PROJECT PEGASUS: A NON-ISSUE
Project Pegasus is a non-issue. It’s much ado about nothing. The high-pitched visual drama, which is underway both in the parliament and in mainstream media, screams of commonsense deficit in our nation, especially in the opposition party leaders.
Project Pegasus is a non-issue. It's much ado about nothing. The high-pitched visual drama, which is underway both in the parliament and in mainstream media, screams of commonsense deficit in our nation, especially in the opposition party leaders.
Project Pegasus is a scripted agenda of two NGOs to target non-western nations, especially India – the largest democracy in the world. The agenda is self-serving for these two NGOs masqueraded as watch-dogs of human rights and media freedoms. They have an imminent need to accomplish big banner print headlines, eyeballs on internet news portals, viewership of electronic media to ensure their funding agencies keep the fund tap flowing. They need to showcase results to their masters and fund-handlers.
'Amnesty International,' one of the NGOs responsible for this bizarre investigation is infamous for its scandalous prejudice, bias and partisan representation on issues ranging from terrorism, extremist, civil rights movements and anti-national plots. 'Forbidden Stories,' the second NGO responsible for this self-proclaimed investigation, is a 4-year young organisation founded in Paris. It has no record of any great accomplishments in protecting media freedoms and journalist rights, for which it was originally founded.
I also wonder loudly as to why these two NGOs have chosen only 17 select media houses and 80 select journalists to investigate and publish this investigative story, which has neither substance nor evidence. Is it also a coincidence that most of the select journalists and select media houses are anti-rightwing, anti-democracy, pro-terrorism, pro-extremism and necessarily anti-Modi and anti-India?
Project Pegasus has bundles of conjuncture, fiction and a dirty plot to defame India, its democracy and its tall leaders. Their agenda is crystal clear and they haven't glossed anything over it.
The addictive craving for sensationalism in India is the only reason why 'Project Pegasus' is making news headlines in the Indian media for the last few days. Other than wild imagination and hyperbole, there's not a shred of evidence that leads this investigation conclusively attributing illegal action to any Indian institution or agency. With this level of investigative journalism, if there's any reason and logic prevailing in the news broadcast business, this story should not have received more than just a mention in a non-primetime news bulletin. However, I understand that I am asking for too much.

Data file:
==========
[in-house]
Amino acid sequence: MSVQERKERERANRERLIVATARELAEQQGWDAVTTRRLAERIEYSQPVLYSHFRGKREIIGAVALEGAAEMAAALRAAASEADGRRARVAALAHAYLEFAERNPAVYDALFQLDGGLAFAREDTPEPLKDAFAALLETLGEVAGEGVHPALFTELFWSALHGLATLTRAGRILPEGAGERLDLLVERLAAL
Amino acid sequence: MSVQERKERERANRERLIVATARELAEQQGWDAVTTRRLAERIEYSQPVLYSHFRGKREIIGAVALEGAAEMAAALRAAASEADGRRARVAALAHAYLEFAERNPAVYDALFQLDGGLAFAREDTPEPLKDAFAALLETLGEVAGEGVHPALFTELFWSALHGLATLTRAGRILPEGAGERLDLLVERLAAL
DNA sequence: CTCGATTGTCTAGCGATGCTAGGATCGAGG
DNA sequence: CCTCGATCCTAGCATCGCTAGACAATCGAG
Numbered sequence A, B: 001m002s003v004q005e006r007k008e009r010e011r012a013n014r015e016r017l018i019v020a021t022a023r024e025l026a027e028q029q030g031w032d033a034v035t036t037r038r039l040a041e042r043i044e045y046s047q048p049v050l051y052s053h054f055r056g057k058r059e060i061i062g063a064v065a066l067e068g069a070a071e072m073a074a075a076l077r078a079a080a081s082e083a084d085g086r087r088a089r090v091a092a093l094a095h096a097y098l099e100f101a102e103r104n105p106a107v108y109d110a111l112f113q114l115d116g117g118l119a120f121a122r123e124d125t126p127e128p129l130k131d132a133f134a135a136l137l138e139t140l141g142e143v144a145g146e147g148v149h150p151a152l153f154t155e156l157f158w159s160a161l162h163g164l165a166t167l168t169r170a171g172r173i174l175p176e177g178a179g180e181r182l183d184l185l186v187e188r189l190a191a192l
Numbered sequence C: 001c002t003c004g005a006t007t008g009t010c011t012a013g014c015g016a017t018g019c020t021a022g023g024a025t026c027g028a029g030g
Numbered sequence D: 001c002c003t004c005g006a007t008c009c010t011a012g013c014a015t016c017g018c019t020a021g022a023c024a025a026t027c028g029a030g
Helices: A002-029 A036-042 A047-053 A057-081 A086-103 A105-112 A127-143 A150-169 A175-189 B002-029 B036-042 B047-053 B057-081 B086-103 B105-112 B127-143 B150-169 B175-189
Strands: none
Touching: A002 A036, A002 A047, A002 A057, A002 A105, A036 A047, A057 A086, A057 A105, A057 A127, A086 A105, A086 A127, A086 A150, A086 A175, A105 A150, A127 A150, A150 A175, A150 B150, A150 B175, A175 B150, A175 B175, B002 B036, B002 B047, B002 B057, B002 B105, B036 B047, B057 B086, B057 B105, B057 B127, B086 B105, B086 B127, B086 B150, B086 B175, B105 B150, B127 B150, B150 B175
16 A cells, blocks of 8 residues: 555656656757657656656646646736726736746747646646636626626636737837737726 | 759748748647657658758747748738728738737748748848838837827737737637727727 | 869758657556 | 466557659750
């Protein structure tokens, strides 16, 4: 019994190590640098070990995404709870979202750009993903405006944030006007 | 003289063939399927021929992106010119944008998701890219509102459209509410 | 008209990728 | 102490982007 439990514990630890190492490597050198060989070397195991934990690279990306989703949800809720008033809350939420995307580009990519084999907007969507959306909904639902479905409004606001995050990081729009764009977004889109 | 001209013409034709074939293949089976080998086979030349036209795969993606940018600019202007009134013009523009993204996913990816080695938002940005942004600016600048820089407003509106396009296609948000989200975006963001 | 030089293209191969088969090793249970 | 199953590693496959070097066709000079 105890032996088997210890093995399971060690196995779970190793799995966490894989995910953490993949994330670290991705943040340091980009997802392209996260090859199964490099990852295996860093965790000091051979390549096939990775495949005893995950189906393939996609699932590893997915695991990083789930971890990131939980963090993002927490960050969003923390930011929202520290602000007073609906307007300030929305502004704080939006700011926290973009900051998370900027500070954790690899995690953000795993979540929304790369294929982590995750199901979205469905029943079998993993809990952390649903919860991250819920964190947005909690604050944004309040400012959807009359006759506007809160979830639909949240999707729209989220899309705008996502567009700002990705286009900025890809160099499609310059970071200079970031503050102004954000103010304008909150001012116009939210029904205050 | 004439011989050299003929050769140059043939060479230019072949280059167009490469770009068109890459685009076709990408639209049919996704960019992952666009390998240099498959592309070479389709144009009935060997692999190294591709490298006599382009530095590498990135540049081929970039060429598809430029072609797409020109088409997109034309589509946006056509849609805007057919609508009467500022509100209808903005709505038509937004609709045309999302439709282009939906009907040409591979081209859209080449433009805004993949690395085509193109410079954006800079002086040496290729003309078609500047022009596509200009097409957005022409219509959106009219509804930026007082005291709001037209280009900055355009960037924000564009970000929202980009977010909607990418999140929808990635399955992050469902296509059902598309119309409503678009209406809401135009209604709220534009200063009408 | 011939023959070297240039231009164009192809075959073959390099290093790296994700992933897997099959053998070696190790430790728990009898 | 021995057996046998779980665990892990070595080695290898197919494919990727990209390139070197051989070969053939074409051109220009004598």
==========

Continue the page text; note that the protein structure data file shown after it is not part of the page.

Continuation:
What the Project Pegasus investigation has presented so far are random 50,000 phone numbers of which around 300 are supposed to be 'probable targets in India.' If it is just a list of 50,000 random numbers of important people across the world, one doesn't need 80 journalists to dig for weeks. There are many database sellers online, who can share that information for a few hundred dollars in under few minutes. Project Pegasus has not gone beyond these 'probable target list' to prove anything, against anyone.
Opposition leaders in India get very less opportunities to attack the Modi government – they are short of real issues. So, when they get anything from outside the country and especially through a section of media, they tend to go overboard with zero damage assessment. By stalling the parliament for days over a non-issue, which cannot be substantiated beyond a statement of accusation, opposition is proving themselves to be unworthy and incompetent to discuss people's issues of serious concern during the monsoon session.
The government has on day one refuted the baseless accusation of Project Pegasus and has issued a statement in the parliament, that it has not undertaken any unauthorised snooping, on any individual in the 'probable call-list' which is being propagated.
I list four reasons why Project Pegasus is a full scale 'Dud' issue and will simply be a 'storm in the tea cup,' before it dissipates into a trivial story of zero-concern.
Privacy is a myth
In reference to the usage of current generation of smart phones, which I bet most of the important 'probable targets' would be using as proclaimed by the Project Pegasus investigators, violation of 'privacy' is a myth.
I don't think any key leader regionally, nationally or globally will use a listed mobile phone on his name to communicate anything worthy of snooping by anyone. It is below juvenile to imagine Rahul Gandhi will spell out his electoral strategies on a smartphone listed in his name, to enable the government to eves-drop on his conversation. It is below political naivety to even question the government on these allegations, leave alone stall the parliament for this silly and baseless accusation.